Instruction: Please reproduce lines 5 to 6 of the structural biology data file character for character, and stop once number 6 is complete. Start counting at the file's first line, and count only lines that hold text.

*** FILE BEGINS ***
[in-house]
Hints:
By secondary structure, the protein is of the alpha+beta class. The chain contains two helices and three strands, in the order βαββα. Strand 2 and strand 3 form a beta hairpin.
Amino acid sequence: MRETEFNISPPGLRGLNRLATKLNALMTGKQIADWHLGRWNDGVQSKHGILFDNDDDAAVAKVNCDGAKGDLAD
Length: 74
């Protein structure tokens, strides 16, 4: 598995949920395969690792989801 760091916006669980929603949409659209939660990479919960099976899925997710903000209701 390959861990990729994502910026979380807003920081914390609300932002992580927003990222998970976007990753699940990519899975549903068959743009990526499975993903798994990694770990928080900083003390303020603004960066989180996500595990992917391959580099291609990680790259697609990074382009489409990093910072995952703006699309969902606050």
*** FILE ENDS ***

Length: 74
């Protein structure tokens, strides 16, 4: 598995949920395969690792989801 760091916006669980929603949409659209939660990479919960099976899925997710903000209701 390959861990990729994502910026979380807003920081914390609300932002992580927003990222998970976007990753699940990519899975549903068959743009990526499975993903798994990694770990928080900083003390303020603004960066989180996500595990992917391959580099291609990680790259697609990074382009489409990093910072995952703006699309969902606050």